‘Ask a Gay’ is where straight WeHo’ans go for answers to questions they can’t ask their gay friends or neighbors. (Questions from LGBT folks are accepted too!)
I have some gay coworkers, and most of the guys on the hall in my apartment building are (it is West Hollywood, after all). My mother, who lives in Iowa, keeps asking me if I’m “comfortable” in West Hollywood. The other day she finally explained what she meant. She’s afraid gay guys are hitting on me. I’ve never noticed the slightest flirt. So my question: Do gay guys find straight guys attractive? Do gay men want to sleep with straight men?
I was at a party the other night and overheard two gay men in their early 30s talking about the boyfriend of one of them. One guy said to the other: “So how’s the relationship going with daddy?” Apparently he was referring to the other guy’s boyfriend, who was at the party and appeared to be in his mid-50s. Daddy? Isn’t that a creepy, and maybe perverse, way for someone to refer to his boyfriend? It conjures up images of incest and pedophilia. My husband is five years younger than me, and if he ever called me “mommy” I’d put a diaper on him and kick him to the curb.
Just call me Mommy Dearest
Two dear friends of mine just stopped by my apartment Friday to tell me that they’ve decided to get married now that same-sex marriage is legal in California. And they asked me to help plan the wedding! I introduced them three years ago, and of course I told them yes. But I need some advice. First, they are such manly men, and while I’ve helped heterosexual friends plan weddings, it’s clear to me that these guys aren’t going to be into tossing bouquets and all that stuff. They describe themselves as more Scruff than Grindr, more bear than twink, more Faultline than Rage. I don’t know what all that means, but I thought it might help you come up with some suggestions.
Everybody tells me that gay guys are into fashion. But honestly, when I go around West Hollywood, I’m just not seeing it. Looks like it’s all about t-shirts and jeans or shorts during the daytime, and t-shirts and jeans at night, with a sweatshirt or hoodie tossed on for warmth. Is this another one of those stereotypes you keep writing about? I know fashion (used to work in the industry in New York City) and this isn’t fashion.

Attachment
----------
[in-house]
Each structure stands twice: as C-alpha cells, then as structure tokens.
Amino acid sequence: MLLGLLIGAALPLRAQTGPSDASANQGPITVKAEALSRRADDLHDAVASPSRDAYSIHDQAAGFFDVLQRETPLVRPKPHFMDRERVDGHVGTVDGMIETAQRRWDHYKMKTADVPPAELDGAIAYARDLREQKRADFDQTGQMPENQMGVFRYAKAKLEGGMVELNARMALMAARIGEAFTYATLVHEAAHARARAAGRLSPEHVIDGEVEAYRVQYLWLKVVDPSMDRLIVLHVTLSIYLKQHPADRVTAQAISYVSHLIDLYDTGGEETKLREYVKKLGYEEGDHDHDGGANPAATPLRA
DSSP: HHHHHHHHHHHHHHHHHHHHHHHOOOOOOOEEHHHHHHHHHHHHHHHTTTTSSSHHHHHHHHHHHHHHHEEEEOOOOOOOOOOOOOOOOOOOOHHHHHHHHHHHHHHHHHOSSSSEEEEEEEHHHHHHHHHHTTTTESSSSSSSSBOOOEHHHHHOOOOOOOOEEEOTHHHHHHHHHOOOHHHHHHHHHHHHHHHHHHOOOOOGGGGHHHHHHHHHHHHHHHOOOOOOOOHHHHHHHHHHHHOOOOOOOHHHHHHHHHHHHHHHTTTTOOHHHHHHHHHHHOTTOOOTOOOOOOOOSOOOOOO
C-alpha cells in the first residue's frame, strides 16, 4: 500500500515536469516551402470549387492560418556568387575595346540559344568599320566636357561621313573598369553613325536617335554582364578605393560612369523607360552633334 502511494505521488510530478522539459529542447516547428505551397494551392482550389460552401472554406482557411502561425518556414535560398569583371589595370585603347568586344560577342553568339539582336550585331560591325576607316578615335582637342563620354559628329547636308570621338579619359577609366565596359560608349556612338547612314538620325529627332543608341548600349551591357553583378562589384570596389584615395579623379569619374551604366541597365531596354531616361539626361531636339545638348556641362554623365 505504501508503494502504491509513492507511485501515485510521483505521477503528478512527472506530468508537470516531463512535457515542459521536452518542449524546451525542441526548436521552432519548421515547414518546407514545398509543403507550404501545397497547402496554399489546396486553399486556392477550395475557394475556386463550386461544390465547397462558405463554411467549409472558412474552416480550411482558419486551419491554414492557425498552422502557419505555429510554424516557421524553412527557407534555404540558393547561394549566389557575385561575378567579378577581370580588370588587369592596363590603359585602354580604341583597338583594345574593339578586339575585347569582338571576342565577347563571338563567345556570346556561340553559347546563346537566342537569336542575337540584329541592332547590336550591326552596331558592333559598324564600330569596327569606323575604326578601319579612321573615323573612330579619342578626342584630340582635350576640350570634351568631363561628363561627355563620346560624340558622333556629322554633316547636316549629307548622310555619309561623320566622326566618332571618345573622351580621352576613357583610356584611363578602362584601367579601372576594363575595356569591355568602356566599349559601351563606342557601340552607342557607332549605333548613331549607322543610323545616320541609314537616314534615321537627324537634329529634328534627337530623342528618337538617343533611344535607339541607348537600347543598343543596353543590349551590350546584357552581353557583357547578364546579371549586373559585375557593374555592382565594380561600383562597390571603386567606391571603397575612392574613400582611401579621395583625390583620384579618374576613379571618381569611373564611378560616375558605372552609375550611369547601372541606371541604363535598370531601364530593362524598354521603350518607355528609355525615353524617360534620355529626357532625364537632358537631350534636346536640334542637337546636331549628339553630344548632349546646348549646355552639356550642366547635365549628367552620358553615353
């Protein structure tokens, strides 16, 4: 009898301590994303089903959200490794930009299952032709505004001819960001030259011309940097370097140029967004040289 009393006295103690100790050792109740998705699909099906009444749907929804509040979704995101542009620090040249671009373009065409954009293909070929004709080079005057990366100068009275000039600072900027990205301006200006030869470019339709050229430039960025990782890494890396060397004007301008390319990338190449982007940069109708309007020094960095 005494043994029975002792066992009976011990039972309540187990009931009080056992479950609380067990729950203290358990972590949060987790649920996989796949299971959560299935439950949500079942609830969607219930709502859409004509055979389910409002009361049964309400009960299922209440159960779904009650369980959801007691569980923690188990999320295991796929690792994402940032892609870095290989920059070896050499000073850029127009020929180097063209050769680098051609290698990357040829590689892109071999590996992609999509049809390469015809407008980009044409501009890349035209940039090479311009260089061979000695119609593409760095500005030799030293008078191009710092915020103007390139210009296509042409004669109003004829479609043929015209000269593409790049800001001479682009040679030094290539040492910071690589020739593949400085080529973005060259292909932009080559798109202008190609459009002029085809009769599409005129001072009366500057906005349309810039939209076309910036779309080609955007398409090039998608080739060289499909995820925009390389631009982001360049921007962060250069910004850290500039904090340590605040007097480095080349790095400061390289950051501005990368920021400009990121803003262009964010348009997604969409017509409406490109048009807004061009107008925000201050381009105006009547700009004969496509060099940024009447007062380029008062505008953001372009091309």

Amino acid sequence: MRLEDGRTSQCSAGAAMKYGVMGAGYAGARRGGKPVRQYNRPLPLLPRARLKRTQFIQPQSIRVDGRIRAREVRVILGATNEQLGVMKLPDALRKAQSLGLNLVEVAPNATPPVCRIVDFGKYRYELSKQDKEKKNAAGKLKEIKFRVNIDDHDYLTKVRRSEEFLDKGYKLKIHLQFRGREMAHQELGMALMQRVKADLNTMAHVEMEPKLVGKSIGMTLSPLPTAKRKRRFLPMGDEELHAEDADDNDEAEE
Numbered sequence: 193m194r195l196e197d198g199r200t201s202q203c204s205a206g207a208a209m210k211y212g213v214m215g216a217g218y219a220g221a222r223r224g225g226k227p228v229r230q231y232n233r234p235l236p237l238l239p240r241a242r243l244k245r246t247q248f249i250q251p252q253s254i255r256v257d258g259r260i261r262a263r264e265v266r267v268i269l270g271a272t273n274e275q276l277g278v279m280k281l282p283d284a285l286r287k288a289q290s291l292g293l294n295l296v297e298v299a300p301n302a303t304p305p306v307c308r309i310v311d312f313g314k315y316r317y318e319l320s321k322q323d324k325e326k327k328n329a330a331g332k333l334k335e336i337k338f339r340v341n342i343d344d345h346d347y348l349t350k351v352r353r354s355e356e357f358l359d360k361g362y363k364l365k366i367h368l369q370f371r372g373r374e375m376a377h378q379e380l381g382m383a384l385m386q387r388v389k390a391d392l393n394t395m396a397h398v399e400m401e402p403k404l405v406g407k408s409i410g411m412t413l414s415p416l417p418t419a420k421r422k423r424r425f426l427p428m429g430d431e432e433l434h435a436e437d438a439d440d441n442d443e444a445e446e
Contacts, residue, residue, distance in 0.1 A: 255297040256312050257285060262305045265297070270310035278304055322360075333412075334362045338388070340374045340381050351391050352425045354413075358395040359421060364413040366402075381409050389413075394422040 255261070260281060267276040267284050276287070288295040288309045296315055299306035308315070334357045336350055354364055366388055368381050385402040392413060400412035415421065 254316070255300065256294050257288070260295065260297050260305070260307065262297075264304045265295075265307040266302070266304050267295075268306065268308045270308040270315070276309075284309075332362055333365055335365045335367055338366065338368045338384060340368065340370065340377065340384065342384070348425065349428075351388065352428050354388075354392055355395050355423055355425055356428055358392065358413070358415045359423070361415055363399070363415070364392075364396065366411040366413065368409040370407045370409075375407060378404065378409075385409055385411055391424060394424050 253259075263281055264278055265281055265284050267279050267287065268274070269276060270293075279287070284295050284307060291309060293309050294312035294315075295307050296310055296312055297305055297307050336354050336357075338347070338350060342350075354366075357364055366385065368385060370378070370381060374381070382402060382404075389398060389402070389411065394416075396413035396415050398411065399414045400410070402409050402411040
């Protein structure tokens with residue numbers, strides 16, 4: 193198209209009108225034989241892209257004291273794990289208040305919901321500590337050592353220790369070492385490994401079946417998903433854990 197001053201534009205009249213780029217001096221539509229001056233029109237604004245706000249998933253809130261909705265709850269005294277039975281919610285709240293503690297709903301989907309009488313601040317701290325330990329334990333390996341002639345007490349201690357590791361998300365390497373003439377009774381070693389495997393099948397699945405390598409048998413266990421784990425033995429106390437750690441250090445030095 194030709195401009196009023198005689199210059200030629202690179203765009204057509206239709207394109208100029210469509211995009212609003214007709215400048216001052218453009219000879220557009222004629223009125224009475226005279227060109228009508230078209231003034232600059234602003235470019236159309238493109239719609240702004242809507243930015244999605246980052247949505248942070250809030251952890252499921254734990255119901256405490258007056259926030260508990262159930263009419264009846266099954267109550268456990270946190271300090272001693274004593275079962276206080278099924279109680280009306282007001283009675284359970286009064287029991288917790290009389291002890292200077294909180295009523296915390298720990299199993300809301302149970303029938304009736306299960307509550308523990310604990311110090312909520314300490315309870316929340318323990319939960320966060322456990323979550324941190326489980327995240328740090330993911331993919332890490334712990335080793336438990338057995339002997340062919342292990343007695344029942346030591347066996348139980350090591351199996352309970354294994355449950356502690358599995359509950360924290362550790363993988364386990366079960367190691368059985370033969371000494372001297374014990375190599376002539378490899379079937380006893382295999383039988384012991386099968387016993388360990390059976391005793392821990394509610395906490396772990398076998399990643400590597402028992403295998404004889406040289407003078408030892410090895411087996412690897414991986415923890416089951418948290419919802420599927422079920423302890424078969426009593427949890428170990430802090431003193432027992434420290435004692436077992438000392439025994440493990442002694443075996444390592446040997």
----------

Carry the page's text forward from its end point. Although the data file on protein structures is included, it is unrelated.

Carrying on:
Our girlfriends forced me and a buddy to watch “Vanderpump Rules” the other night. You probably know it’s a TV show about a bunch of celebrity wannabes that wait tables and work the bar at Sur, that restaurant on North Robertson. So here’s the question: Is that guy Tom, the bartender, gay? The show made a big deal about him having a girlfriend named Kristen. But my buddy and I couldn’t get over that scene where he’s at home shaving his forehead and stressing out that he doesn’t have the right hairspray. We also think it’s kind of weird that he’s so hairless with his shirt off. Our girlfriends are crazy about him and think we’re nuts to suggest he’s anything but hetero. So we all agreed to ask you. By the way, there’s a lot riding on your answer. If you say he’s gay, the gals have to buy us dinner — at Sur, which ain’t…
One of my friends married his boyfriend not long ago (I actually attended the wedding in NYC, and it was pretty amazing). Now David is introducing Clay as his “husband.” Gotta tell ya, it makes me want to ask if Clay is the wife. (And that leads me to inappropriate thoughts about sexual positions). I haven’t had the nerve to ask, because it seems like none of my business, but are gay and lesbian people who get married struggling with what to call their spouses? Husband? Wife? Significant Other? Partner? None of those words sound quite right to a straight (and happily single) guy like me.